Inflation indexed bonds, a financial instrument which can act as a hedge against inflation by the RBI.,lets go in detail.
Before I describe their pros and cons Let us know what are they – They are the enhanced version of Capital Indexed bonds issued in 1997 by RBI. Capital indexed bonds provided inflation protection only for the principal while inflation indexed bonds provide inflation protection for interest payments as well. Theoretically, inflation indexed bonds could indicate the willingness of the government to maintain optimal Inflation numbers.
After the initial auction, inflation indexed bonds are traded in the secondary markets. A normal government security bond carries an inflation risk which the inflation indexed bonds are free from. So the difference between the rates of nominal rate of return from a normal government security bond would denote the inflation expectations of the market. Monetary policy makers can take cue from these market expectations to control the inflation rates.
Now Lets compare the Inflation bonds with other debt products :-
Inflation risk has been a potential problem with fixed income securities, especially with the fixed maturity products. If the inflation rate is higher than the interest rate being received on the fixed income products, it diminishes the purchasing power of the consumer. Inflation indexed bonds are an efficient way to counter the inflation risk.
The main difference between fixed deposits and inflation indexed bonds is the principal adjustment and interest payment. In case of a fixed deposit, a pre-defined static interest rate is mentioned and at the end of the tenure an investor can withdraw the invested amount along with the interest rate accumulated. In case of inflation indexed bonds, the principal is adjusted to wholesale price index (WPI) and a fixed coupon rate or interest rate is paid on the periodically adjusted principal amount.
When compared to debt oriented mutual funds, inflation indexed bonds score higher in terms of capital protection. However, with the dynamics of secondary markets and redemption yet to be rolled out by the RBI, liquidity may remain a primary concern as of now.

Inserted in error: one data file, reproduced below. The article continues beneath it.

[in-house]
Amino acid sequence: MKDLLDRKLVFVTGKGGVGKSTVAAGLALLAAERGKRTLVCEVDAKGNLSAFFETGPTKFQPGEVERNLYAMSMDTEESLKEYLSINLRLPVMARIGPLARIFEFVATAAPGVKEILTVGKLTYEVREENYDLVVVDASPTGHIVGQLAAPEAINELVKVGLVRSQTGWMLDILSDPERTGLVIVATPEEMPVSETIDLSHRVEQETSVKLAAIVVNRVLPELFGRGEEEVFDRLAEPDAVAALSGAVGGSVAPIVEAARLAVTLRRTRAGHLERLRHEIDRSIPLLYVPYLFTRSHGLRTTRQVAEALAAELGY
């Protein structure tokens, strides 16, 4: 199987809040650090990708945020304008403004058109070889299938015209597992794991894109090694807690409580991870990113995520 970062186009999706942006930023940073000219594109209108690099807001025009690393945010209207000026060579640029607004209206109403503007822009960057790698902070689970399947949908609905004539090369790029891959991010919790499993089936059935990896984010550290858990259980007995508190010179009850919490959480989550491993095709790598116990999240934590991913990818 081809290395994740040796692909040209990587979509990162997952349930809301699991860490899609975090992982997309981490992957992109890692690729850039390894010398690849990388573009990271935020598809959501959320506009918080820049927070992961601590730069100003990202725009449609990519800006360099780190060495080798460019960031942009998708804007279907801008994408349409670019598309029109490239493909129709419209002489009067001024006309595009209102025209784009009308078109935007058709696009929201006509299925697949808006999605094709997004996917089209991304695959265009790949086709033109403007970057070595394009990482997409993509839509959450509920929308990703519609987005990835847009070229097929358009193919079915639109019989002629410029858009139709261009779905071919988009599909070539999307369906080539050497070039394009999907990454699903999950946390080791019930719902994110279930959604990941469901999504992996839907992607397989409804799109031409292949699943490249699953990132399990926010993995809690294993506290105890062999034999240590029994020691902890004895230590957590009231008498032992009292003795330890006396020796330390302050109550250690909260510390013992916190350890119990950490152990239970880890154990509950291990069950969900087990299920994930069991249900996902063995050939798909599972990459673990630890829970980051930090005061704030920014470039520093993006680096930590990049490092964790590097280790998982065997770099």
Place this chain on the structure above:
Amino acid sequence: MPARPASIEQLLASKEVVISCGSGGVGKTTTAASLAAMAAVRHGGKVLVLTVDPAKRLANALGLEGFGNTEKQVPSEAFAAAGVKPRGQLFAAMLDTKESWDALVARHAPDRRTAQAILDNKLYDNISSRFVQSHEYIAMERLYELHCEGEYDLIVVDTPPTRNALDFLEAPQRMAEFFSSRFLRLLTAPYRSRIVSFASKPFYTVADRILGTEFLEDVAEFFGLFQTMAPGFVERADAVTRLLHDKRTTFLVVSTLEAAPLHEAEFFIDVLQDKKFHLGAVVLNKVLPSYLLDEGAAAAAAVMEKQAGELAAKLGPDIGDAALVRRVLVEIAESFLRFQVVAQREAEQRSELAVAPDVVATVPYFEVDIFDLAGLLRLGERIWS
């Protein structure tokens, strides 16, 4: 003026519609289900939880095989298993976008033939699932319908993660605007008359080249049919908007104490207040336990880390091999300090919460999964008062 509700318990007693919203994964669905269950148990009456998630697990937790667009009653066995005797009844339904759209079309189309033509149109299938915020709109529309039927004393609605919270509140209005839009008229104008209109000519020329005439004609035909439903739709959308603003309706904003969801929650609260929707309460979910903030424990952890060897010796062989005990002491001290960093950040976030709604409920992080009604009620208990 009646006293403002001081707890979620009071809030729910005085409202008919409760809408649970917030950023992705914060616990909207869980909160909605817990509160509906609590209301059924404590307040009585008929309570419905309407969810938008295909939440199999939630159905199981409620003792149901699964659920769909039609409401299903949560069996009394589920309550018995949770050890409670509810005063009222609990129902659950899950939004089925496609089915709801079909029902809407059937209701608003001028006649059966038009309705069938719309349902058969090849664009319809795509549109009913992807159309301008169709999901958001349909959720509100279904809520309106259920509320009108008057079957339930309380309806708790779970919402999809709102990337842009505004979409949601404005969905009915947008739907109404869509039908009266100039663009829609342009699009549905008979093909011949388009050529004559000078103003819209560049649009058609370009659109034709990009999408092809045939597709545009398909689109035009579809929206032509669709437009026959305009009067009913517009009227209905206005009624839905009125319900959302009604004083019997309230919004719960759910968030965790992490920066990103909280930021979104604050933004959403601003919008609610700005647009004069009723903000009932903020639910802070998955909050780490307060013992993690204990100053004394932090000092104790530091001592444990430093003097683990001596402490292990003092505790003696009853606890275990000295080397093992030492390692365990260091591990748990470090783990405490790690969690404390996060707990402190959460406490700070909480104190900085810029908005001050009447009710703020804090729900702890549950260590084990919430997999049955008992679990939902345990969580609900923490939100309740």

Cons of Indexed bonds for retail investors :
currently inflation indexed bonds are linked to WPI. Instead of WPI, the consumer price index (CPI) stands as a better representative of the purchase power of individuals. As per the latest data, WPI is at 4.89 per cent whereas CPI is at 9.39 per cent. The differential between these two measures of inflation is substantial. From the retail investor’s perspective, linking the interest with CPI is more beneficial compared to linking it in WPI. Linking the interest rate with CPI will give the necessary advantage for both investors and the regulators. It can act as an alternative investment to gold as a hedge against inflation.
How does the Indexed bonds work :
The RBI is issuing inflation indexed bonds which are linked with WPI. The invested principal is adjusted as per the prevailing WPI rates and a fixed interest rate is paid on the adjusted principal.
Adjusted principal = [(inflation index at a given point of time) divided by (inflation index at the time of deposit)] multiplied by (principal amount)
Interest being paid = Adjusted principal multiplied by coupon rate.
To conclude : The dynamics of the secondary market trading of the inflation indexed bonds are yet to be defined by the RBI. These factors will help investor’s better gauge the performance of these bonds, I still feel the net tax return will be more on Debt Mutual funds and the Fixed Deposits.